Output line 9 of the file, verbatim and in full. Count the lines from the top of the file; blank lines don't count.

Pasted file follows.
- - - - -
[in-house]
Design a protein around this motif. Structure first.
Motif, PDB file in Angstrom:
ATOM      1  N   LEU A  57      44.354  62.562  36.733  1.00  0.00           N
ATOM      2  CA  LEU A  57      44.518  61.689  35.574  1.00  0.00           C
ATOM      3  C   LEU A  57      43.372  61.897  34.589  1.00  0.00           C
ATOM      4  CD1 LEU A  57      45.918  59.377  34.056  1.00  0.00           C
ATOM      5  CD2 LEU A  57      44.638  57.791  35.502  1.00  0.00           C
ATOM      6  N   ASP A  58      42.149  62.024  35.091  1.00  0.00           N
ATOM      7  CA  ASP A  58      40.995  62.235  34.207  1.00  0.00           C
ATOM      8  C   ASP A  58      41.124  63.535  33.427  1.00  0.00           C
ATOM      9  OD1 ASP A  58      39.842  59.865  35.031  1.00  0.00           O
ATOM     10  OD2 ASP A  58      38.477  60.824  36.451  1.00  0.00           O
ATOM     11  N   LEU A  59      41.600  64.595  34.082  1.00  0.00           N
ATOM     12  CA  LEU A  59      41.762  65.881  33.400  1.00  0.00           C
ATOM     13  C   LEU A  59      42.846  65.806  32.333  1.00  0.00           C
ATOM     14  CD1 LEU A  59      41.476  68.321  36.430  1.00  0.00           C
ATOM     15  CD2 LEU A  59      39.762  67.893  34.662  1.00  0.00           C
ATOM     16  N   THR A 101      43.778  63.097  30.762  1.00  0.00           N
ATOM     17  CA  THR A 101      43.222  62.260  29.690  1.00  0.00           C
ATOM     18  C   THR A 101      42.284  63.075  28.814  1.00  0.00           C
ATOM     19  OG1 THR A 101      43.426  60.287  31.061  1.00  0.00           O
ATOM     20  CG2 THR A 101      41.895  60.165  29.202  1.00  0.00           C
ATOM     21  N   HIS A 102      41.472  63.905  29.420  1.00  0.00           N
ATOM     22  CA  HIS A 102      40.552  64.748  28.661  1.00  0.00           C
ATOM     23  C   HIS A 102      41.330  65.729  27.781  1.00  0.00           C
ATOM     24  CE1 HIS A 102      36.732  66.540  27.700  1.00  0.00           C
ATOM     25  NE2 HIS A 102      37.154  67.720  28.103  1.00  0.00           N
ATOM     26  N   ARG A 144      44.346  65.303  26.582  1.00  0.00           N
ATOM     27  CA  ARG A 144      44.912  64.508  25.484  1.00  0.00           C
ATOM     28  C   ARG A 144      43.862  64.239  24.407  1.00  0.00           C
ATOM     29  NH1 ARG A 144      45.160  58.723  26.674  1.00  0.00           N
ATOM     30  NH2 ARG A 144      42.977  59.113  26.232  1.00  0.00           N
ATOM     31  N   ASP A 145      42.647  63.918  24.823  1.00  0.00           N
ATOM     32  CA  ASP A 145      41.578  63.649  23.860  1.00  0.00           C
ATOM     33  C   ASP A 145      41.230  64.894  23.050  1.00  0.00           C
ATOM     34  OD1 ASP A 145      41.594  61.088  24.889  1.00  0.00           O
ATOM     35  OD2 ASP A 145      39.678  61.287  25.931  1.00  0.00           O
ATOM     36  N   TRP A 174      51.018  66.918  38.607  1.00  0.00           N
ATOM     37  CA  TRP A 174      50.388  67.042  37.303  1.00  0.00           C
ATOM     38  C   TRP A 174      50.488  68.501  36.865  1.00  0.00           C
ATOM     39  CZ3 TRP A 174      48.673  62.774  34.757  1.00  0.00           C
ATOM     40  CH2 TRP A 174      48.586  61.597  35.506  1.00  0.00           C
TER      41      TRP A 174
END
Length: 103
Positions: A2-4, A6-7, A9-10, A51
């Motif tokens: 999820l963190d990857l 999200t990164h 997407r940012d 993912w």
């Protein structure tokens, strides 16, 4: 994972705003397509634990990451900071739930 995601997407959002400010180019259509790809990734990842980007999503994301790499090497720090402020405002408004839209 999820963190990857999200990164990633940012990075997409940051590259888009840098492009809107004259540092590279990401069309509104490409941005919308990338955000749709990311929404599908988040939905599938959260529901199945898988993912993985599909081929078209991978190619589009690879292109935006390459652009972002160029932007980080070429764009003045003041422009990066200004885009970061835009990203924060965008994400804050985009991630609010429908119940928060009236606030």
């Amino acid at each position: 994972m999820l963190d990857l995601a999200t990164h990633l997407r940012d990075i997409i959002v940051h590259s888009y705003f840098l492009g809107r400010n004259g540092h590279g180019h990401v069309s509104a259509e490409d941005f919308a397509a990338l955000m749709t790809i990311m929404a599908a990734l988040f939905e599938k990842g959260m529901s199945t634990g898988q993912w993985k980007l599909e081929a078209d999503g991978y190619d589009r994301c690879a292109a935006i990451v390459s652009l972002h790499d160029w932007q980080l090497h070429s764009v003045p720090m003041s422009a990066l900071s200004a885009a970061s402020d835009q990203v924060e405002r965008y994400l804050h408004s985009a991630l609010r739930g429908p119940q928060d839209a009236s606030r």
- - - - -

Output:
ATOM      6  N   ASP A  58      42.149  62.024  35.091  1.00  0.00           N